Researchers solve mystery behind baby's first breath

(Medical Xpress)—Queen's University researchers have discovered how a key artery in a newborn baby's heart constricts and eventually closes when the baby takes its first breath and adjusts to the shock of being born. The discovery will give doctors new treatment options for problems such as blue babies.

"Before birth, every human has a ductus arteriosus artery. When the ductus fails to constrict, it's bad," says Stephen Archer, who was recently appointed head of the Department of Medicine at Queen's.

When a baby is born, the artery senses the high level of oxygen from the first breath and immediately constricts, allowing babies to breath oxygen through their lungs rather than receiving oxygen from their mother's placenta.

Dr. Archer and his team discovered the muscular layer of the ductus arteriosus is responsible for the constriction. Mitochondria – a part of a cell that produces energy – creates a signaling molecule that interacts with and enzymes to make the ductus constrict.

"That first breath is like turning on a metabolic furnace," says Dr. Archer.

The study also discovered that a drug called MDIVI-1 can stop the constriction – which could have clinical benefits because sometimes it is necessary to keep the ductus open in infants awaiting complicated heart surgeries.

Dr. Archer has been working for the past 15 years trying to discover how the oxygen is sensed and how the constriction process in the ductus arteriosus artery works.

The study, conducted with collaborators from the University of Chicago and the University of Nebraska, has been published in the academic journal .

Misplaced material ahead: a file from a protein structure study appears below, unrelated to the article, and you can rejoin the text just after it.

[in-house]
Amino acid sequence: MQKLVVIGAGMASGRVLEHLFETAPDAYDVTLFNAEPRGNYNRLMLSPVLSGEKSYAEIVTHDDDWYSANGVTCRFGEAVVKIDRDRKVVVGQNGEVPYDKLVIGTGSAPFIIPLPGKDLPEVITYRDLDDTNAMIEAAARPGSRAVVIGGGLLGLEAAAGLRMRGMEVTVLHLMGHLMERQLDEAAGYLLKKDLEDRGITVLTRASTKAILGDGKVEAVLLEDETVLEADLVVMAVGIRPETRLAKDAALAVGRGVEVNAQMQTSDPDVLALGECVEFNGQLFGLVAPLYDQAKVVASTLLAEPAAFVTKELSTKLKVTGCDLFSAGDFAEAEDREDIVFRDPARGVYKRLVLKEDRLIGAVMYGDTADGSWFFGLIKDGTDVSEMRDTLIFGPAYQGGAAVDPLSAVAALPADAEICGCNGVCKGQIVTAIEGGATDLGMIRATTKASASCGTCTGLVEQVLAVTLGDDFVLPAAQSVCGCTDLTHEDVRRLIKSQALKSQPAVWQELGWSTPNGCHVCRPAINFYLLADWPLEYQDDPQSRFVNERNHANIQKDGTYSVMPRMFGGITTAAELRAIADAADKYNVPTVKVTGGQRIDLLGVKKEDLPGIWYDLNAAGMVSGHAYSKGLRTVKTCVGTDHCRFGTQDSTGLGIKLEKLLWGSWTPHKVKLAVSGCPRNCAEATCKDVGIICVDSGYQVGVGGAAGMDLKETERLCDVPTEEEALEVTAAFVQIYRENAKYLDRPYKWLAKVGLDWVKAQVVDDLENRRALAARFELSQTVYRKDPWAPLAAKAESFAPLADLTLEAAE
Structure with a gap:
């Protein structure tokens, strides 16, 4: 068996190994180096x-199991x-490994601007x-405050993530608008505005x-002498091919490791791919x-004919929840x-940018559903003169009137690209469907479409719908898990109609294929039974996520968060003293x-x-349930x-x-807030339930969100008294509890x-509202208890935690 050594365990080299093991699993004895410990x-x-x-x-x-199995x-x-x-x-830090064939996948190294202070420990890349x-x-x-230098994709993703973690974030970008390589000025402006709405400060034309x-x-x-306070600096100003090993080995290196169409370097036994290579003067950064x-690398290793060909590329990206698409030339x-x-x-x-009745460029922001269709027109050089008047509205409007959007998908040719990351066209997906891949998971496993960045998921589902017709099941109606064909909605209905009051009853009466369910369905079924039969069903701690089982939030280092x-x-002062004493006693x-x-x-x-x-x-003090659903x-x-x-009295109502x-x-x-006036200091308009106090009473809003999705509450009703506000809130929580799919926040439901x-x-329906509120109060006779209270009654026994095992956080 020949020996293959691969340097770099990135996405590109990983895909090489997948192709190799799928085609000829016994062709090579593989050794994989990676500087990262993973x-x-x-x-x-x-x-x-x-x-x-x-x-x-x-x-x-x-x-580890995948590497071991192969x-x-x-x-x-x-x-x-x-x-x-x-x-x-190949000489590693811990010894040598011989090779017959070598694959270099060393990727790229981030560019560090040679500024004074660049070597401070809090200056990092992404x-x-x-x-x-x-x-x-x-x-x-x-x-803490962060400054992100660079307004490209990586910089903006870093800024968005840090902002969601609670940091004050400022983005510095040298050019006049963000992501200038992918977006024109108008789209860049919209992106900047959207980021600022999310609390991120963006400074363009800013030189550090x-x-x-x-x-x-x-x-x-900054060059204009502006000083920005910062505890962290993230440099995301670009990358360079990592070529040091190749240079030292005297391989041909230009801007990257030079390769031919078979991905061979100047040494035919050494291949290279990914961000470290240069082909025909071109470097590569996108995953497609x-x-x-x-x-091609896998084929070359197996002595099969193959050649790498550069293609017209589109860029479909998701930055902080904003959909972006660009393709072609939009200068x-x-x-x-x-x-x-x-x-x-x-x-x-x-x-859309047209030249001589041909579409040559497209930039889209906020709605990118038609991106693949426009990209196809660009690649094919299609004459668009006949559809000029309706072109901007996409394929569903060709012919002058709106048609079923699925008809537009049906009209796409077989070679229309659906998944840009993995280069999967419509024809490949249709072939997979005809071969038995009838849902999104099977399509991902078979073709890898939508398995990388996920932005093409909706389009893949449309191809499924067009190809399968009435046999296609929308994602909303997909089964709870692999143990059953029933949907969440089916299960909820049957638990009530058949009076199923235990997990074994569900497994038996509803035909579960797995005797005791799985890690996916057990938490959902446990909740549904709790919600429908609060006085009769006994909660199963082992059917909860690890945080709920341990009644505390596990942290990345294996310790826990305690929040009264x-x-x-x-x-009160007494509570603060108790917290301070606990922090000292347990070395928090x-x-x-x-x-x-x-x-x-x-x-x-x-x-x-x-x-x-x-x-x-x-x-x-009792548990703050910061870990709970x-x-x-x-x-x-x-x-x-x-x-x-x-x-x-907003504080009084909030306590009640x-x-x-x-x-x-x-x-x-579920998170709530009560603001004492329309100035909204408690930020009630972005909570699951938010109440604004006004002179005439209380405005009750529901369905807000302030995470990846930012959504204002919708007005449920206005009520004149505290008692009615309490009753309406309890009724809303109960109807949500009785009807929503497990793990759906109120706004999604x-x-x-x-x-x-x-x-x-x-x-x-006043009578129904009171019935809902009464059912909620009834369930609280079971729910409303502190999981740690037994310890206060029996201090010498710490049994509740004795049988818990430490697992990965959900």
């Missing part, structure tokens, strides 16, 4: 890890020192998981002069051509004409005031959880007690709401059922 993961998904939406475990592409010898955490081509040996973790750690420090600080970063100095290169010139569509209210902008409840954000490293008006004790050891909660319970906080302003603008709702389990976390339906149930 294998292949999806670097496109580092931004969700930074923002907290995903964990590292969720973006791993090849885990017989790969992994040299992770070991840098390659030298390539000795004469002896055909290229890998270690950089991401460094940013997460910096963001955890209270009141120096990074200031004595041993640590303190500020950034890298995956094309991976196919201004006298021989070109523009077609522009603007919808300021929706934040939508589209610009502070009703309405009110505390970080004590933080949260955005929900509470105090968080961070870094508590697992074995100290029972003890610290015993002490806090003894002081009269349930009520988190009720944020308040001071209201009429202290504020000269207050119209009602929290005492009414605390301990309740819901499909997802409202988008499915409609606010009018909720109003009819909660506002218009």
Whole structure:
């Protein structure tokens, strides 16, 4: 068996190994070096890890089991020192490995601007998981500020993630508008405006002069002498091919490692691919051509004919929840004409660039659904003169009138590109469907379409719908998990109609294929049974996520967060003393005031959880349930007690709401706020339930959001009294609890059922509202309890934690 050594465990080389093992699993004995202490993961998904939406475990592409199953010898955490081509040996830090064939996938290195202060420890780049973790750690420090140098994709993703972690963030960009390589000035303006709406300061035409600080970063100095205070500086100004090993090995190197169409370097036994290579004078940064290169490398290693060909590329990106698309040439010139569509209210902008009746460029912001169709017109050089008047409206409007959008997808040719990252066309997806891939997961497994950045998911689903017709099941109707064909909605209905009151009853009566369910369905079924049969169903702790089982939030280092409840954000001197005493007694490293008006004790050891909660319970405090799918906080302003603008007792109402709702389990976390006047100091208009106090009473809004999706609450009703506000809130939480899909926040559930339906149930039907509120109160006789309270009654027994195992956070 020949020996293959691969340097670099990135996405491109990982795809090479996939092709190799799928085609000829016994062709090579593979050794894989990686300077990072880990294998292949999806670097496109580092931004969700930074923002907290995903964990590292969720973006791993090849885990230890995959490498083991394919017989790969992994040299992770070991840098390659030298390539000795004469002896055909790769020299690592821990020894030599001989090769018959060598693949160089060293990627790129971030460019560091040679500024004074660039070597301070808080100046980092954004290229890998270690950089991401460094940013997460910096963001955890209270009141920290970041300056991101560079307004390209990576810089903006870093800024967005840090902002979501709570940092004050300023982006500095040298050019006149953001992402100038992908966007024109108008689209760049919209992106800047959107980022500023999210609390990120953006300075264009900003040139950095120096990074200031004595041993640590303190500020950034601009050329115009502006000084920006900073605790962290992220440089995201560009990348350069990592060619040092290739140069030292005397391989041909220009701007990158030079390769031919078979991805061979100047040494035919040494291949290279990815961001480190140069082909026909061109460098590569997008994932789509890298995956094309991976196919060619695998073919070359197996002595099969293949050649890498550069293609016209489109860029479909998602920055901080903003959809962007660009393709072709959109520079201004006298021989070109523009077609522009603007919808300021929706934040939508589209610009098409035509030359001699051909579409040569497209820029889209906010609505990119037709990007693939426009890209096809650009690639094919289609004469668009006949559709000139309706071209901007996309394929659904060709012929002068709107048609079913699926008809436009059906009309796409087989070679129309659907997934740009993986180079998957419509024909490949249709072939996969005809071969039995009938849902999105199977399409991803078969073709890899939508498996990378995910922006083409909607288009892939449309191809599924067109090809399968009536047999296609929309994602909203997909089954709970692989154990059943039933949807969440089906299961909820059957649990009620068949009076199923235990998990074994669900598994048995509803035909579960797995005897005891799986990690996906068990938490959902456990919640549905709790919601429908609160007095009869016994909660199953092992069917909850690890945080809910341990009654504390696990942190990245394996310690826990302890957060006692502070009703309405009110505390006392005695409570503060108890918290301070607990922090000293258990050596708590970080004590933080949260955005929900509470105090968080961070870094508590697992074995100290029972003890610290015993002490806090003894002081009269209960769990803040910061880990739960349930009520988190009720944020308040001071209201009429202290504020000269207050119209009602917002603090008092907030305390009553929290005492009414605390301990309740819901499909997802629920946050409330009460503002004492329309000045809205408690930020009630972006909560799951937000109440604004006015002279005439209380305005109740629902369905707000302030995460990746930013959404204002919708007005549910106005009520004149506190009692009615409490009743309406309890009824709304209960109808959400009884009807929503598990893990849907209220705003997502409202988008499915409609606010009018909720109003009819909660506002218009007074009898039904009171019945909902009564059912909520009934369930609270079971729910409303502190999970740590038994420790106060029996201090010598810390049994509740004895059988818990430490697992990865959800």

More information: www.ncbi.nlm.nih.gov/pubmed/23334860

Related Stories

Research findings breathe new life into lung disease

Oct 24, 2012

It turns out the muscle cells on the outside of blood vessels have been wrongly accused for instigating lung disease. New research shows that while these muscle cells are responsible for constricting or dilating the blood ...

Scans could aid delivery decisions

Apr 16, 2012

Scientists are using MRI scans to see if they can determine when best to deliver babies that are not growing as fast as they should in the womb.

Recommended for you

Testing time for stem cells

35 minutes ago

DefiniGEN is one of the first commercial opportunities to arise from Cambridge's expertise in stem cell research. Here, we look at some of the fundamental research that enables it to supply liver and pancreatic ...

Team finds key signaling pathway in cause of preeclampsia

19 hours ago

A team of researchers led by a Wayne State University School of Medicine associate professor of obstetrics and gynecology has published findings that provide novel insight into the cause of preeclampsia, the leading cause ...

Rapid test to diagnose severe sepsis

Oct 23, 2014

A new test, developed by University of British Columbia researchers, could help physicians predict within an hour if a patient will develop severe sepsis so they can begin treatment immediately.

User comments